Asenath Blake

3/23/22 | CC

Asenath Blake

Existing in the veil between night and day, life and death, and on the precipice of the known and unknown world is Asenath Blake, a Welsh artist who burns in the darkness and practices witchcraft as a way of life. Blake’s three EPs were each released on nights of great importance—Samhain and Beltane—and feature songs dedicated to the teachings of the occult and to writers such as Arthur Machen, Yelda Paterson and Austin Osman Spare.

Blake is a curious subject in that she prefers not to give too much away with her answers and much like her music, the meanings and subtexts are to be read between the lines. Below she gives us some insight into her practices, both magical and musical, but it seems that further clarity will be found within her bleak songs and strange melodies. Black metal has long been associated with the esoteric and while many artists use their music to channel more vague ideas as to what that means, Blake seems wholly invested in the dark arts.

Asenath Blake Logo

Asenath Blake is quite the interesting name—do you write under this name as a pseudonym or is this your given name? And if it’s your given name, how did you decide to record under this name?

Knowing whether Asenath Blake is my real name is of little importance, but I’m proud to wear the same surname as the greatest British poet! As a teenager, I eagerly devoured all his Songs, but especially his ‘Marriage of Heaven and Hell’ which reaches a perfect strength and clarity of utterance. As for Asenath, its etymology means Follower of Neith, a demiurgic goddess of Ancient Egypt. It’s also the name of a character from the short story ‘The Thing on the Doorstep’ by H. P. Lovecraft. With such a heritage, it would have been a shame not to use it!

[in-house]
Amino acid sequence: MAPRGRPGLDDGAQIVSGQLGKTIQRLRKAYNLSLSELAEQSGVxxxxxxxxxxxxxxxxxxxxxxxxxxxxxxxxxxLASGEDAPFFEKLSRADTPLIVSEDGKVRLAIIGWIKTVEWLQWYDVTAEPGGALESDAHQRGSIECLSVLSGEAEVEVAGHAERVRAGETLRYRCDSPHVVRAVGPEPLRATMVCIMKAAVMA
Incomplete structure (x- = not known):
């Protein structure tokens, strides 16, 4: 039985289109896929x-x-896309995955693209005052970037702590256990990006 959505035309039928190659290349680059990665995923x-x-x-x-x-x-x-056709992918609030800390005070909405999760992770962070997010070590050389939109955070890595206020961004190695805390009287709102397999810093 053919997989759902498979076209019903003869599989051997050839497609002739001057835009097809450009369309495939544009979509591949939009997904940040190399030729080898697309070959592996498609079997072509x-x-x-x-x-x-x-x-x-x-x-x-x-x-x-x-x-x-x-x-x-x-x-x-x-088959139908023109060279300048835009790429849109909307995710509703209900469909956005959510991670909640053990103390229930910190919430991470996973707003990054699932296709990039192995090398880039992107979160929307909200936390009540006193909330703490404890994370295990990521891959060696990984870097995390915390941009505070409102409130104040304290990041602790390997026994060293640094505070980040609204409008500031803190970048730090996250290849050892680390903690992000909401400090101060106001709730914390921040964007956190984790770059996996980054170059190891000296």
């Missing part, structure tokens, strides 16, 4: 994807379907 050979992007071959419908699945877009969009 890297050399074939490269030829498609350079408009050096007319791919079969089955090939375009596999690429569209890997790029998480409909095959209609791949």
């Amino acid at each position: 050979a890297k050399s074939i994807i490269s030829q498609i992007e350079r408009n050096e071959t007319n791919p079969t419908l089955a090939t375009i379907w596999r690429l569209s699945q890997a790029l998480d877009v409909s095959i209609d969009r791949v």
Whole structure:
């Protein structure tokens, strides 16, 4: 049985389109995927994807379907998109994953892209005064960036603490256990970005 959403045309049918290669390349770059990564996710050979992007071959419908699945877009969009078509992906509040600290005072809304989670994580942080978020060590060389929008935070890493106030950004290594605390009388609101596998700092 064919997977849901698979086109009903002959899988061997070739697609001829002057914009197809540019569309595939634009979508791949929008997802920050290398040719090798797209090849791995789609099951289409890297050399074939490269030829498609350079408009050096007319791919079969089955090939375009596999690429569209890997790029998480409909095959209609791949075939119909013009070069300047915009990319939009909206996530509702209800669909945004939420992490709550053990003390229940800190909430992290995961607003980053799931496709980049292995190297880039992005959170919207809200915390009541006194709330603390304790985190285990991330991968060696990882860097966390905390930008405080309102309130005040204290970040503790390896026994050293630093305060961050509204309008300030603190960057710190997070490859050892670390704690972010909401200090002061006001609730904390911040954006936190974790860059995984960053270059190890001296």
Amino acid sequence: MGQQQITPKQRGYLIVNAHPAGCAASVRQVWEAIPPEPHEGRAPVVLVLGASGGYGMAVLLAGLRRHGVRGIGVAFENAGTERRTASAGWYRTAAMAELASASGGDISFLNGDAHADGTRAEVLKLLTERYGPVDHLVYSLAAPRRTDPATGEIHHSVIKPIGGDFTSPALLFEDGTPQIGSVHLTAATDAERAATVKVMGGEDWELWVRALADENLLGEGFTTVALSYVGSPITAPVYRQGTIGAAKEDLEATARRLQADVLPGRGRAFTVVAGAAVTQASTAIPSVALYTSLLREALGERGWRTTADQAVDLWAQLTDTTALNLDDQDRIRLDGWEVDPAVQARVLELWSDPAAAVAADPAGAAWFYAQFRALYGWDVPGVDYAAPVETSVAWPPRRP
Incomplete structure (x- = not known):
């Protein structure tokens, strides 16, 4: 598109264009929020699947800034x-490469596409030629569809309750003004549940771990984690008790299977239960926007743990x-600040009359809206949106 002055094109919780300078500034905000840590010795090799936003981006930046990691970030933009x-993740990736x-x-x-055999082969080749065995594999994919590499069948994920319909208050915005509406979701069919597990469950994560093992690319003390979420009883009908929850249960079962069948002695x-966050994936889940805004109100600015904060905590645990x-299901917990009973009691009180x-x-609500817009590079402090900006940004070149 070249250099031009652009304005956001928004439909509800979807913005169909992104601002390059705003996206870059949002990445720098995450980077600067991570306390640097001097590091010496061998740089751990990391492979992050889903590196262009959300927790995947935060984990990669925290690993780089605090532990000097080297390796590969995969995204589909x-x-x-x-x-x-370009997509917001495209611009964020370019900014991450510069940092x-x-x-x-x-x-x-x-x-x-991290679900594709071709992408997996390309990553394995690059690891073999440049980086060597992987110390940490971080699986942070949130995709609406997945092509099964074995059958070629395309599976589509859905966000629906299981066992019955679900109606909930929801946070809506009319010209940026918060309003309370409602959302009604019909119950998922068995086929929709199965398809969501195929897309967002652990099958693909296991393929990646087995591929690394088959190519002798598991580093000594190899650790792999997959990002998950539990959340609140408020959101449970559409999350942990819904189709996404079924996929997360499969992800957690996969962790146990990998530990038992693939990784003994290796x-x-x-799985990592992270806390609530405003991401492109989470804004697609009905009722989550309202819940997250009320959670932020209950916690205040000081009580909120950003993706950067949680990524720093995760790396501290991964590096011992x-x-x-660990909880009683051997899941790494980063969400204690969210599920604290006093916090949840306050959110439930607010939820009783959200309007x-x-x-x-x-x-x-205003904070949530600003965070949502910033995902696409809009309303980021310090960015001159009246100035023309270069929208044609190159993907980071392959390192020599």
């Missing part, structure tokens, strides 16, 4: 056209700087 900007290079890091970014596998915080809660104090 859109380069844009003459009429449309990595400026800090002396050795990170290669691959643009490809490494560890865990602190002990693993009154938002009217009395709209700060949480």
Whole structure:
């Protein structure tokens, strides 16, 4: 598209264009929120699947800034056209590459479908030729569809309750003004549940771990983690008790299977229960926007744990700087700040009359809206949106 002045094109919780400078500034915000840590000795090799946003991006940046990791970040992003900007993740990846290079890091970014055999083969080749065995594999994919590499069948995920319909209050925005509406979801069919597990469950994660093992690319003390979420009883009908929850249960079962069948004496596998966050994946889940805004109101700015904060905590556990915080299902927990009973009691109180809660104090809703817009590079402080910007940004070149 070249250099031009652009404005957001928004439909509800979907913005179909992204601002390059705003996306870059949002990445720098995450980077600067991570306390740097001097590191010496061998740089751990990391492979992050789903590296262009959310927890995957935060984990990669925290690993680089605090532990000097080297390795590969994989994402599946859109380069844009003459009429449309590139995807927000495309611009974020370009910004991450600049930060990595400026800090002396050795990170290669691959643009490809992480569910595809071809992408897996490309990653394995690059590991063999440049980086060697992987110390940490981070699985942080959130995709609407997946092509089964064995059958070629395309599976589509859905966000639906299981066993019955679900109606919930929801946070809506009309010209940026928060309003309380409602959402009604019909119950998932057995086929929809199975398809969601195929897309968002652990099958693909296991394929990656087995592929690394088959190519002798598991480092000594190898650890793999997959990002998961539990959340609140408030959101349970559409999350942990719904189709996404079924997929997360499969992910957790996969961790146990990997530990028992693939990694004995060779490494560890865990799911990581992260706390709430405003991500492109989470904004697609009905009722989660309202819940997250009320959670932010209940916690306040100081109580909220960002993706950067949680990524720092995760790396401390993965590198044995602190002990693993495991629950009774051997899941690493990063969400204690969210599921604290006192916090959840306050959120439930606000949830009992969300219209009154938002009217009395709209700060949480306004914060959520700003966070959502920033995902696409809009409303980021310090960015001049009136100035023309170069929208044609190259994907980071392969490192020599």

Your music is inspired by occult writers and pagan holidays, what is your interest and involvement with such topics? Austin Osman Spare, Yelda Paterson, for example.

I'm very involved in this field and consider myself a witch. At the moment, it has unfortunately become a sort of cliché to portray a powerful, militant and independent woman—but not too dangerous, not too scary! To prevent this, this figure has been jointly associated with care, youth, beauty and all the pop culture junk that we know. Putting it through black metal is my way of reaffirming the wild and dark side of this archetype.

Yelda Paterson was a hereditary witch who introduced Austin Osman Spare to the Art. She also founded a Welsh coven, which is still active, but I won't say more about it.